Christopher Maloney <[EMAIL PROTECTED]> posted:
To: everything-list <[EMAIL PROTECTED]>
Sent: Saturday, November 13, 1999 10:25 PM
Subject: Re: White Rabbits and QM
> Russell Standish wrote:
> > Introduction
> > Wigner[8] once remarked on ``the unreasonable effectiveness of
> > mathematics'', encapsulating in one phrase the mystery of why the
> > scientific enterprise is so successful. There is an aesthetic
> > principle at large, whereby scientific theories are chosen according
> > to their beauty, or simplicity. These then must be tested by
> > experiment -- the surprising thing is that the aesthetic quality of a
> > theory is often a good predictor of that theory's explanatory and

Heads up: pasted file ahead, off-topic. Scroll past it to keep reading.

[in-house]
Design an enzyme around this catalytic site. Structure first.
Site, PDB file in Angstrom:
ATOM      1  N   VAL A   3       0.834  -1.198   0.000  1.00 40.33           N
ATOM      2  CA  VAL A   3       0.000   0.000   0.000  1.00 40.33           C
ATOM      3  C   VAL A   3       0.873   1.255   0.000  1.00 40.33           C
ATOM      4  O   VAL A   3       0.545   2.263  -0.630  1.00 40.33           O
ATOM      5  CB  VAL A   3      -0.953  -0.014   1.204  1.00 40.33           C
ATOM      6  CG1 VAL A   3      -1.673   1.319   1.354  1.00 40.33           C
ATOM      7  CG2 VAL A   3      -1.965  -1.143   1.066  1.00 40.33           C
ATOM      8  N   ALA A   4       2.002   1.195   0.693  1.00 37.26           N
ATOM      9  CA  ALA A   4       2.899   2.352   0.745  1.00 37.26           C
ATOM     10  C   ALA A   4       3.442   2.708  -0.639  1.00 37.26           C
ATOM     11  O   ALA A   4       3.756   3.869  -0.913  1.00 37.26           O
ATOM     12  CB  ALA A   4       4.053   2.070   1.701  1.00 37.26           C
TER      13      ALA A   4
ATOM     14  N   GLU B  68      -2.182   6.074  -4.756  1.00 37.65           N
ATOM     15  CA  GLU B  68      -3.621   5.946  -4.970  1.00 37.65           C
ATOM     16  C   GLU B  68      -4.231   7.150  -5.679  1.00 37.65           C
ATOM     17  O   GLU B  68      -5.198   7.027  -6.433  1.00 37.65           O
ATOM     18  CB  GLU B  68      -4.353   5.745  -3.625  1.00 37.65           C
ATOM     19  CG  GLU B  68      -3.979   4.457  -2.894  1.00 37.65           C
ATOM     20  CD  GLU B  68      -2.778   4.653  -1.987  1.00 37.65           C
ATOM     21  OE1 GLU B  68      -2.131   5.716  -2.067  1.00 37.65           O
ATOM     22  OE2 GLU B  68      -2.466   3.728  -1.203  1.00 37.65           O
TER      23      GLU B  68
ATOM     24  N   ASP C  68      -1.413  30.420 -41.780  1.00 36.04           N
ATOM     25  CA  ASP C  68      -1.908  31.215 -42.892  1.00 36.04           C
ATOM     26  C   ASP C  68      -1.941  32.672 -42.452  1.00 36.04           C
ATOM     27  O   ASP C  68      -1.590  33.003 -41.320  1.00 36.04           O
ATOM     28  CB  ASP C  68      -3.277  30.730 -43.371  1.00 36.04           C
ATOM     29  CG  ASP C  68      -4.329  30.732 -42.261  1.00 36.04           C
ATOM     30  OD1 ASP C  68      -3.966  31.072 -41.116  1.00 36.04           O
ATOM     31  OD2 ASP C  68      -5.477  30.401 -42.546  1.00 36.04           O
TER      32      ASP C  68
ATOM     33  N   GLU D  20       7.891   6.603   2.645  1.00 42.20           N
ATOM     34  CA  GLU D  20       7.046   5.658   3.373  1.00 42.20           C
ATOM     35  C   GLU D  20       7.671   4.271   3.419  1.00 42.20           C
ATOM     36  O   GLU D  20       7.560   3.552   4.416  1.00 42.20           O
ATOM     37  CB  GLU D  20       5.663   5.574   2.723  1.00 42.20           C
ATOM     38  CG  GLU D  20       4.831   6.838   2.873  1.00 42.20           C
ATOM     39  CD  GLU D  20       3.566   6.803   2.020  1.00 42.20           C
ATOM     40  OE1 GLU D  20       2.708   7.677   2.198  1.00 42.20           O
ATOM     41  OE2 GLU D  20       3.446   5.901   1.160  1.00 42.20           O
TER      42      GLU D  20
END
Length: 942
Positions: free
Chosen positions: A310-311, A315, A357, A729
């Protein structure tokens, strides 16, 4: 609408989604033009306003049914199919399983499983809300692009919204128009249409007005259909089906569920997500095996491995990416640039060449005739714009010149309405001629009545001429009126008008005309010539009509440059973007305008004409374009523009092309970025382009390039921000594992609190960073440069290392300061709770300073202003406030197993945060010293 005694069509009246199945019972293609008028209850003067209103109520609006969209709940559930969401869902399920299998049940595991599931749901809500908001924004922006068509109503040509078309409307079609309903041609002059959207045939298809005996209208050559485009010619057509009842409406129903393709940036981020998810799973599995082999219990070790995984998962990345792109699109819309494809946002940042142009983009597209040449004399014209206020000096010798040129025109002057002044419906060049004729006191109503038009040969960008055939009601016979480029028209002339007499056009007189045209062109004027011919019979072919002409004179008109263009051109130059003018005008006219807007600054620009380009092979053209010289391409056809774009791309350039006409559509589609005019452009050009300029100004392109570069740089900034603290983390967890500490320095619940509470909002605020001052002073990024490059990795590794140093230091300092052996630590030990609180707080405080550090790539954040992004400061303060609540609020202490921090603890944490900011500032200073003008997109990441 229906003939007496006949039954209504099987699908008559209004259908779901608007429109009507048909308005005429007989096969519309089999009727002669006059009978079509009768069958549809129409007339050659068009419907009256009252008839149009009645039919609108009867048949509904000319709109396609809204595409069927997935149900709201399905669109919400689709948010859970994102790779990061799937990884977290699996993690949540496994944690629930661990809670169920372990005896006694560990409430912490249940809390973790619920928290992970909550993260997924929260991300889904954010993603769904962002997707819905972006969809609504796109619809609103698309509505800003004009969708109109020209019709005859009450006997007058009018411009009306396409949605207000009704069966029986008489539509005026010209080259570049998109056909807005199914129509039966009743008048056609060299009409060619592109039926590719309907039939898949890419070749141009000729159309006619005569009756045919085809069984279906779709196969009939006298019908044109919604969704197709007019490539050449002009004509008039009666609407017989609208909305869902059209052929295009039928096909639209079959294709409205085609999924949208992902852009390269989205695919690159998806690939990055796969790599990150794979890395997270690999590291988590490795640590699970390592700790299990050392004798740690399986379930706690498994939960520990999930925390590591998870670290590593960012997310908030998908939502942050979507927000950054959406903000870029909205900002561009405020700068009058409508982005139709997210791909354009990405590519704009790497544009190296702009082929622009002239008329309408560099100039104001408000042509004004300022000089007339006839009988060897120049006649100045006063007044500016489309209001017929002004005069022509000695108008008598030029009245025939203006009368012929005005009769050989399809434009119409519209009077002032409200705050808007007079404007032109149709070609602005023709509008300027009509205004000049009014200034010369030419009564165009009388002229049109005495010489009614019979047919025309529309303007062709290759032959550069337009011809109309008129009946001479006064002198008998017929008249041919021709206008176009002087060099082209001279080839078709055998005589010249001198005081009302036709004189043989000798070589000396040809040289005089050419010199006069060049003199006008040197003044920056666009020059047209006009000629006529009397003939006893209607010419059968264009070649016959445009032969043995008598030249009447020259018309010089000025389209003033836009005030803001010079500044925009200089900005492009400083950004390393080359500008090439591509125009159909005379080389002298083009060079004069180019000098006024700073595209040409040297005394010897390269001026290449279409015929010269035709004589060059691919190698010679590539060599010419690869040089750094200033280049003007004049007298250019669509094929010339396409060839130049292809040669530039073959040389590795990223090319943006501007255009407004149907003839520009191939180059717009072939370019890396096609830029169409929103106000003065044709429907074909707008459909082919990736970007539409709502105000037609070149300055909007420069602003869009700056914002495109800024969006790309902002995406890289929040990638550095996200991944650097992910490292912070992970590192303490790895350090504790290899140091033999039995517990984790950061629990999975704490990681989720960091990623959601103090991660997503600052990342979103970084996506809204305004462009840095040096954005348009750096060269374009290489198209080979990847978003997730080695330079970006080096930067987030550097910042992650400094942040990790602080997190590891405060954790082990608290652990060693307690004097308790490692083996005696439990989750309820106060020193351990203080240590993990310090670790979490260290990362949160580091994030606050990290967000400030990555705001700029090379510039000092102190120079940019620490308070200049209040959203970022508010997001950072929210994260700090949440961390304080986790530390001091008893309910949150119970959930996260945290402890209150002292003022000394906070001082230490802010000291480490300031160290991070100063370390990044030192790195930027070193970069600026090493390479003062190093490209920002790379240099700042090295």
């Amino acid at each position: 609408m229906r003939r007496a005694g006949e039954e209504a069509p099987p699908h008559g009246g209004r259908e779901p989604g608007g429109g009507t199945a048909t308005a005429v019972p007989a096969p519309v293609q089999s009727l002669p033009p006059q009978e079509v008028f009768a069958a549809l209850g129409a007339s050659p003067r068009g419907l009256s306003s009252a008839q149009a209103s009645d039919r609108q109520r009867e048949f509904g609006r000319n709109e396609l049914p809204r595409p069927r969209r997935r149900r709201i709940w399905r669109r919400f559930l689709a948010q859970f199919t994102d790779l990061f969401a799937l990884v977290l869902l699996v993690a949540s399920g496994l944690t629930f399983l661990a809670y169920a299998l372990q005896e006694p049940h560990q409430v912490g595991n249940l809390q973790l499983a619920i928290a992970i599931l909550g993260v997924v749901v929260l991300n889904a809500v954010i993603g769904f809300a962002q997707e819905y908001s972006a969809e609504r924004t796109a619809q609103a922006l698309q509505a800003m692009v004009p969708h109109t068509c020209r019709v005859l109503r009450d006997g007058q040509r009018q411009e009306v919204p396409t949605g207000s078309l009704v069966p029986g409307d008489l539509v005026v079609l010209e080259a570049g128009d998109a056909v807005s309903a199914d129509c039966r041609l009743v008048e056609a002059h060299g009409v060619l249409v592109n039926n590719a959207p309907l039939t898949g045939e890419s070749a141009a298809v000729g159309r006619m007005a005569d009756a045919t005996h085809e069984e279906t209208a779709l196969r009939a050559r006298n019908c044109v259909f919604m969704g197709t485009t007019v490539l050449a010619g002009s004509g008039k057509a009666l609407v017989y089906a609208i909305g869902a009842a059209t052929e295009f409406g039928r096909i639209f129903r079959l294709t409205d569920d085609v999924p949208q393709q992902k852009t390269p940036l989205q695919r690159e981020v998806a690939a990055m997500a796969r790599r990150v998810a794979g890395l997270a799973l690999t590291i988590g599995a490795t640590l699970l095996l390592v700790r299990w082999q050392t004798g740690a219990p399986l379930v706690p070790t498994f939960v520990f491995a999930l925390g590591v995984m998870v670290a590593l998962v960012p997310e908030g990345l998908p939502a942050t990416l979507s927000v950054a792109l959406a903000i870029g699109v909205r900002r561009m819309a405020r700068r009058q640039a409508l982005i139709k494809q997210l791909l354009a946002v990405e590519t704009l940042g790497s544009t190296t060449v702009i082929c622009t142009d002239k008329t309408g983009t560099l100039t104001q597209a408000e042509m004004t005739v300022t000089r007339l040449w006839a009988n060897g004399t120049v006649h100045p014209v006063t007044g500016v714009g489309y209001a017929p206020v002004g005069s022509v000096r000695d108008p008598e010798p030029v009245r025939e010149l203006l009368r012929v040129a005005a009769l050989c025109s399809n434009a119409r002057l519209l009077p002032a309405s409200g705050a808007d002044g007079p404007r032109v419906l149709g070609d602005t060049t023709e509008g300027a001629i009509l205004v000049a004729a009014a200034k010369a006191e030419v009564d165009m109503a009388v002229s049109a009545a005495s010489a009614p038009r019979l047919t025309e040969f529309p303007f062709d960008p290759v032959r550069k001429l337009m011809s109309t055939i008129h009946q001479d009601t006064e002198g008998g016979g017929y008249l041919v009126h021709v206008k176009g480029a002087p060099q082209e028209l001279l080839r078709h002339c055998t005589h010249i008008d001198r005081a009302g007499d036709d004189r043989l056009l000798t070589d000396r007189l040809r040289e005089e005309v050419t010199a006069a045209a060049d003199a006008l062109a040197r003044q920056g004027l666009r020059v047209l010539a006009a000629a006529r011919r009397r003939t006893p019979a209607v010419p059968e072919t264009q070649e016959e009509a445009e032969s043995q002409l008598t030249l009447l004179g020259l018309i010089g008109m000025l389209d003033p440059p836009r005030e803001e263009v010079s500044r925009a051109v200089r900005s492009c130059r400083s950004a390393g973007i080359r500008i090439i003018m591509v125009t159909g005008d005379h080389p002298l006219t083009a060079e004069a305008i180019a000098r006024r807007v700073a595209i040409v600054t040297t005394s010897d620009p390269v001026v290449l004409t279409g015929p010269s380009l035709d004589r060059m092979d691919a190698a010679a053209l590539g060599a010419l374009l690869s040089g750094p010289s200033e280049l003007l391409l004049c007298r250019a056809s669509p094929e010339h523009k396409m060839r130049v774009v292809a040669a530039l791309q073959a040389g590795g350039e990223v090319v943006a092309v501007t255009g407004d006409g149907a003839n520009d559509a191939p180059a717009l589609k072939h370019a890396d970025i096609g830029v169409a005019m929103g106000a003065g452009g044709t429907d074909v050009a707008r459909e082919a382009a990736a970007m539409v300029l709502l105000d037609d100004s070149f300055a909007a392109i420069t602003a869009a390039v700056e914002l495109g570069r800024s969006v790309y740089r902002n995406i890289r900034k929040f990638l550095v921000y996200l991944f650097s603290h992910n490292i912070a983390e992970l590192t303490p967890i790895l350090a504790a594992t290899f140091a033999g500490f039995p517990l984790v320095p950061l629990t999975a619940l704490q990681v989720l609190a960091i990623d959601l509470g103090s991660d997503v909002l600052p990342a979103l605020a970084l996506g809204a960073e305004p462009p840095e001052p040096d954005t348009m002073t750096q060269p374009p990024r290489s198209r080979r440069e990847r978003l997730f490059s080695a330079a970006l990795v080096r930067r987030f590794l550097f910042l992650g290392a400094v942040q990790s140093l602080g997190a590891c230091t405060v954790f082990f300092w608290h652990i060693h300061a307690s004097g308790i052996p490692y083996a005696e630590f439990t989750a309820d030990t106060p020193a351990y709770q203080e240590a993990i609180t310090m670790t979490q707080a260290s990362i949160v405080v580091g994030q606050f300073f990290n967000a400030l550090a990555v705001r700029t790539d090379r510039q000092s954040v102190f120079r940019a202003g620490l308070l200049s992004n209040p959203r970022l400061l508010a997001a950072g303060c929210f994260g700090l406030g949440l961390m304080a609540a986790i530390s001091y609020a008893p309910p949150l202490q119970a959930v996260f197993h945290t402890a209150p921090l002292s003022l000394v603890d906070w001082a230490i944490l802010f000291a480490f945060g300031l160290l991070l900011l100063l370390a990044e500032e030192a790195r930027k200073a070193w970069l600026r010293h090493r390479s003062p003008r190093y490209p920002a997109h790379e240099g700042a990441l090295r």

> > predictive power.
>
> I would go so far as to say that it is a good predictor of a theory's
> validity, or truth.  Explanatory or predictive power is not dependent
> on simplicity.

It always seemed to me that Eugene Wigner's epigram was made possible only
by ignoring the effect of Darwinian selection. We should recall that the
famous formula n(n+1)/2 for the area of a circle with radius n has fallen
into total disuse, not because of its lack of elegance but because it is
ridiculously inaccurate.

For exactly the same reason, nobody any more uses the slick p*r^2 to sum the
numbers from p to r. It's a nice looking expression, catchy even, but it
gives wrong answers.

This is why the Platonic mood of so many math aficionados strikes me as odd.
The correspondence between mathematical structures and the real world -- or
anything else -- is utterly of our choosing, it seems to me.

                                      Cheers,

                                           -dlj.



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